AI vs. Lawyers: The Future of Artificial Intelligence and Law

There must be human-made objects that are able to do most of the things humans do; especially the things that require "intelligence."
Merve A. Kızrak

"Can machines think?" Let's expand this question asked by Alan Turing in the 50s. The countless disaster scenarios, in which artificial intelligence (AI) takes over the world and destroys humanity, are already made-up and still being told in Hollywood.

AI has not yet taken control of humanity, but it has indeed taken control of many aspects of our lives even if we do not perceive it as such. We accept AI as a part of our lives. The simplest example is our smartphones!

The use of AI applications in this domain is so widespread that it is now possible to produce solutions for almost all professional groups. Medicine, education, automotive, defense, agriculture, automation, energy, natural sciences, finance, art, and law!

The Role of Deep Learning 

Over the past 7 years, the sub-area of AI is deep learning. Deep learning is more successful than humans especially in processing visual data and analyzing images from the images, what objects or living things exist, relationships with each other, event estimation, object/person tracking, etc.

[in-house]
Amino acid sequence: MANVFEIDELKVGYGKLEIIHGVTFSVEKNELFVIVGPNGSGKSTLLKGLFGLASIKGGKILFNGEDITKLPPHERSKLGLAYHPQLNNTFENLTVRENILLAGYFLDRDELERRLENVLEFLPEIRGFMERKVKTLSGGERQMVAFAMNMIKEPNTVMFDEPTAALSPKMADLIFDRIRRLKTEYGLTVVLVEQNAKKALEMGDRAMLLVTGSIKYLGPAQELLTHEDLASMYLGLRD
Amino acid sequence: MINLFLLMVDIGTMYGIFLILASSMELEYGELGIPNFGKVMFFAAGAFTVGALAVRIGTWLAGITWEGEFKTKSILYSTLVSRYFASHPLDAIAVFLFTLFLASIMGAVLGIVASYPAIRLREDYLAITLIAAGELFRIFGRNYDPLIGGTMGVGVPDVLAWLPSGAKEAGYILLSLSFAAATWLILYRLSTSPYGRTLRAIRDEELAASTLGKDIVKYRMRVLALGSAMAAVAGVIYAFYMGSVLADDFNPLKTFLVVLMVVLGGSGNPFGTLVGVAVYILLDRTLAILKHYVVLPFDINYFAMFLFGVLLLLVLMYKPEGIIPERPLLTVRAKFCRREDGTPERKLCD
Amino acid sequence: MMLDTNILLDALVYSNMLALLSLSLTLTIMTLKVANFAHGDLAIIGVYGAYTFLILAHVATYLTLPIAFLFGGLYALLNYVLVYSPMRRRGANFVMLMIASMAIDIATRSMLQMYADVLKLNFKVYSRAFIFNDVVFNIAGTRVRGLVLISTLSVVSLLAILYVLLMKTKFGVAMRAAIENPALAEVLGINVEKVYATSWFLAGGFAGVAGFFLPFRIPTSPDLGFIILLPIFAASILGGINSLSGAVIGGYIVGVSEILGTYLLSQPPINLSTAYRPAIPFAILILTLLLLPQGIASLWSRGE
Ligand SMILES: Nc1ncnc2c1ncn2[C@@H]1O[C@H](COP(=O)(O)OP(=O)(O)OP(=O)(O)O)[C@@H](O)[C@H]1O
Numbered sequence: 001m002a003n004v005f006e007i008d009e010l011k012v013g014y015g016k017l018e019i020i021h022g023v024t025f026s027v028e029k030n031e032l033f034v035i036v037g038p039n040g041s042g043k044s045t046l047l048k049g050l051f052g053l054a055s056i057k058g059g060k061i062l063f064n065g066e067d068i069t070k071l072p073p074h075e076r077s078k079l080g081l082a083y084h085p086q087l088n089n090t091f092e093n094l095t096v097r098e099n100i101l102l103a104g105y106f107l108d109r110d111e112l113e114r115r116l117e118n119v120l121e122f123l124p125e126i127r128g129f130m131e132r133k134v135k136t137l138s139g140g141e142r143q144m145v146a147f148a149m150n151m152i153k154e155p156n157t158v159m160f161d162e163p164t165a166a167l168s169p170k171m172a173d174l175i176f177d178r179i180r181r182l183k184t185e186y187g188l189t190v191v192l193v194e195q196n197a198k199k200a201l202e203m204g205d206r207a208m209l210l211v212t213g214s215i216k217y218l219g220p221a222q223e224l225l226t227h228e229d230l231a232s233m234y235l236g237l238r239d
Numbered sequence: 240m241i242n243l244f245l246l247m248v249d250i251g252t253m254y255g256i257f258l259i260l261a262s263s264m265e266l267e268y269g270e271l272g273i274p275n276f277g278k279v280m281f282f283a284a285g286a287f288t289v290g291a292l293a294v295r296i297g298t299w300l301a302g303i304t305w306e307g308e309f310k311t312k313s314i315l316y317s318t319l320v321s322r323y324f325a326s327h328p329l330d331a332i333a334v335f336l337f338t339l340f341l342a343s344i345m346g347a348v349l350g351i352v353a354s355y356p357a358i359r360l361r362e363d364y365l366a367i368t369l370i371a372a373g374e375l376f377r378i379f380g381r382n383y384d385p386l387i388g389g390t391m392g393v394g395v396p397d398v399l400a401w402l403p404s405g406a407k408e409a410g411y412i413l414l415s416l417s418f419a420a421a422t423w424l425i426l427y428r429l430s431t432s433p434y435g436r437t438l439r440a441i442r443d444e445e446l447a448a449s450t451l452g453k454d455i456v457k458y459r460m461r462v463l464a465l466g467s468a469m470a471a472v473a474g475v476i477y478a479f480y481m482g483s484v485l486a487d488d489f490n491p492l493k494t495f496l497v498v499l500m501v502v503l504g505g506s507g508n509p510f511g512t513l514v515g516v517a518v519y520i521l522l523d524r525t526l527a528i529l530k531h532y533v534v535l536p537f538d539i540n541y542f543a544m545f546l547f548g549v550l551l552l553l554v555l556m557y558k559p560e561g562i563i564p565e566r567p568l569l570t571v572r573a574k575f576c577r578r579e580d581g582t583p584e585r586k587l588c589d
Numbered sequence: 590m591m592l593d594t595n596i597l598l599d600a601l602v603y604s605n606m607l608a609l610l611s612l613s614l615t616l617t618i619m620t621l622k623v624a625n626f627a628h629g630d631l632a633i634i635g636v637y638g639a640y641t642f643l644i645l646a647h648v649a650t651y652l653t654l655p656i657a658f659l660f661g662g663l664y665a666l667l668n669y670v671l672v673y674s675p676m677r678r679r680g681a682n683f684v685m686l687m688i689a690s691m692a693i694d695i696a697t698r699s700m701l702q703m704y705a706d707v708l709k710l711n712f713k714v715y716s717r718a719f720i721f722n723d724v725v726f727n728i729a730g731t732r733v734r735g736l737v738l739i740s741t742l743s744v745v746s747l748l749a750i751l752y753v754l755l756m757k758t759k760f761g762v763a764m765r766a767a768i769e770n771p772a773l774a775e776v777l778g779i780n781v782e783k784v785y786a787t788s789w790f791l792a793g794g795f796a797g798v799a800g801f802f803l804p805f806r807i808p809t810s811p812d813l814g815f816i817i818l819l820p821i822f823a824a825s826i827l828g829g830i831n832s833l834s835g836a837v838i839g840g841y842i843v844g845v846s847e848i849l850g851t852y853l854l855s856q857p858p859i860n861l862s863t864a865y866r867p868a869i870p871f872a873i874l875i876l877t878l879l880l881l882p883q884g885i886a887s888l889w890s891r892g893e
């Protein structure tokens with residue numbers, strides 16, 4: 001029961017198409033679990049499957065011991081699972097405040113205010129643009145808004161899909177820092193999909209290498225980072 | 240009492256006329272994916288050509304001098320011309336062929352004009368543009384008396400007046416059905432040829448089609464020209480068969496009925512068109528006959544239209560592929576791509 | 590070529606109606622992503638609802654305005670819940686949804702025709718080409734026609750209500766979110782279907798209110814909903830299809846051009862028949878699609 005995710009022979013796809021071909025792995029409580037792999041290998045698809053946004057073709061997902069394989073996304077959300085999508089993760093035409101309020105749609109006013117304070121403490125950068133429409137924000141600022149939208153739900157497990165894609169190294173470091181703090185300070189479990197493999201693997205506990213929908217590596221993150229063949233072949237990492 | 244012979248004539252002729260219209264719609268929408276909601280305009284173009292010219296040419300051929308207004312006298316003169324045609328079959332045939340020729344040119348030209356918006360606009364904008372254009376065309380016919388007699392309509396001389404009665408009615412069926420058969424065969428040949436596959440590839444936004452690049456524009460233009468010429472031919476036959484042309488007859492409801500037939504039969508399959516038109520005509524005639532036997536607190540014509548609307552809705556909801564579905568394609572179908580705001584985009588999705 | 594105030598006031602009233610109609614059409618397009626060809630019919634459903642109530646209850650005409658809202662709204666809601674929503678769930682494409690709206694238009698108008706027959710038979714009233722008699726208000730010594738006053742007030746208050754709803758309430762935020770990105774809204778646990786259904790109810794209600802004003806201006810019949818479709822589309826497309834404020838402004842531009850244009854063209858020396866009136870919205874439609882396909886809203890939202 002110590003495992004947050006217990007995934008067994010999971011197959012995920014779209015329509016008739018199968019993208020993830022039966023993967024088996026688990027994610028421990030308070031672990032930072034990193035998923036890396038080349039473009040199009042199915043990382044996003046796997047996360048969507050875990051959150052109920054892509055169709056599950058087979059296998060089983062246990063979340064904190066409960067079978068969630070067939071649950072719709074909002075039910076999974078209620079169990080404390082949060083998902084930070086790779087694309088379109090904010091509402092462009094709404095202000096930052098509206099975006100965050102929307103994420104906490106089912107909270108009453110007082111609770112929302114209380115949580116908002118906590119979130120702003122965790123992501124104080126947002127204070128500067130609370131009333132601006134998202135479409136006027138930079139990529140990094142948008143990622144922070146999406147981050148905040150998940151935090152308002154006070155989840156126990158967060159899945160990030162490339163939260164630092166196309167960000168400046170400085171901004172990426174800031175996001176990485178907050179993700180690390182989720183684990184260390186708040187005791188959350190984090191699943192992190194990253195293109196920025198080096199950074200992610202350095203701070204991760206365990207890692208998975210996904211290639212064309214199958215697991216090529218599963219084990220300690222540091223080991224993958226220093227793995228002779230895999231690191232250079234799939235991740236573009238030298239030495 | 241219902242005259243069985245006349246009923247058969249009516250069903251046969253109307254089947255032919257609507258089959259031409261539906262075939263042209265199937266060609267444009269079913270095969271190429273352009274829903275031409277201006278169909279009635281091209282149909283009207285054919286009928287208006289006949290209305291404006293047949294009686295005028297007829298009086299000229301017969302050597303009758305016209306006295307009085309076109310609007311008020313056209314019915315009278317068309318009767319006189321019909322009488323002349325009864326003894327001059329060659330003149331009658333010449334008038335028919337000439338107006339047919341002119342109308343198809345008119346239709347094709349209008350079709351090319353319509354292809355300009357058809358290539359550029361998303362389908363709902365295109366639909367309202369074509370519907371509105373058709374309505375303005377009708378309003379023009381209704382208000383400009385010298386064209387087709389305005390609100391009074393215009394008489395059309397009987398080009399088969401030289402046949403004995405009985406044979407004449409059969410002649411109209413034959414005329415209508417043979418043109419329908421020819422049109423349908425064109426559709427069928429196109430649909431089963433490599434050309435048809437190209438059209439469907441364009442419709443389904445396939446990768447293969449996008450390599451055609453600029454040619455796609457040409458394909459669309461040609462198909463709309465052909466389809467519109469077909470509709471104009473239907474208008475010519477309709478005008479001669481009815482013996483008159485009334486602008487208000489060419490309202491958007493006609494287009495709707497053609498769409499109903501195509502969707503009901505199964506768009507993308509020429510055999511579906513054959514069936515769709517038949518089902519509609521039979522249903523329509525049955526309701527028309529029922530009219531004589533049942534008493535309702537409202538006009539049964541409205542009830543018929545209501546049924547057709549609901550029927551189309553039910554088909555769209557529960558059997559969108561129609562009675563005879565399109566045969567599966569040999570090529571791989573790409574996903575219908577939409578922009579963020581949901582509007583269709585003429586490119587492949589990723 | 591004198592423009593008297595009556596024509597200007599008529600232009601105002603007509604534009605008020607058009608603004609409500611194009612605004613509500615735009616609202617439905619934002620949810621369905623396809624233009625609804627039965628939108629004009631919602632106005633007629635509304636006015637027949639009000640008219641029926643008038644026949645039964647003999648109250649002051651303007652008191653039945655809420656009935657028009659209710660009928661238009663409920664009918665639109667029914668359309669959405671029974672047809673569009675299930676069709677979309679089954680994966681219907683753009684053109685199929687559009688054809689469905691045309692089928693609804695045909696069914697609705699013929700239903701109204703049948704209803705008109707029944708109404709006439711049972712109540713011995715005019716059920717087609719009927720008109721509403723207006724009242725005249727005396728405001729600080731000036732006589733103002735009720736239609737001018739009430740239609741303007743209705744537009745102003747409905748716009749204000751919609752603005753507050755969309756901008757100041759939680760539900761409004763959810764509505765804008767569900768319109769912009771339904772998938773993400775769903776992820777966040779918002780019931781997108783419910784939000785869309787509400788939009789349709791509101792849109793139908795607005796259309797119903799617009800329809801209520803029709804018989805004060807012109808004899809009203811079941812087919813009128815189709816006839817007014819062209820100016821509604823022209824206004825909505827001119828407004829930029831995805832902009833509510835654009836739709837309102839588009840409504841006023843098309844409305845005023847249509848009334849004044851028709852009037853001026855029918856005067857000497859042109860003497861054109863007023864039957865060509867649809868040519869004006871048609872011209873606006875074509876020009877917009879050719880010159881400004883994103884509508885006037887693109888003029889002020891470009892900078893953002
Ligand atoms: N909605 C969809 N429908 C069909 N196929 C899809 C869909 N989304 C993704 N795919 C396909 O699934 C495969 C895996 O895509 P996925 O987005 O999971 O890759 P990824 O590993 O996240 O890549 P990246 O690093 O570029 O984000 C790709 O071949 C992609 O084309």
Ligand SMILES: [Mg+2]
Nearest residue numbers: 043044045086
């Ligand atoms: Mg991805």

Deep learning includes AI models that generate the most successful results in the application areas of recent years, based on artificial neural networks and requiring a lot of processing power.

How do AI Systems Learn Language?

Models used for natural language processing are also within the scope of deep learning.

Using natural language processing models, we can parse millions of data files loaded into the computer by class. In this process, the system learns the relationship between words from all the documents and is able to predict that the word 'carrot' comes after the word 'rabbit' with higher probability than the word 'sun'.

AI can estimate this due to the fact that the words perform meaning analysis based on their statistical status in sentences. It is possible to summarize or classify a long paragraph, including time-space information from the single sentences.

AI to Form Meaning Networks

More and more data is accumulating on the Internet every day. Thanks to the enormous data, we can realize artificial intelligence applications that are self-generating 'meaning networks'.

It not only informs us about the sociological, psychological, ethnic, sociocultural and economic levels of communities or people living in a region but also helps us predict where the developing hot agenda can be, just like in the U.S. presidential election.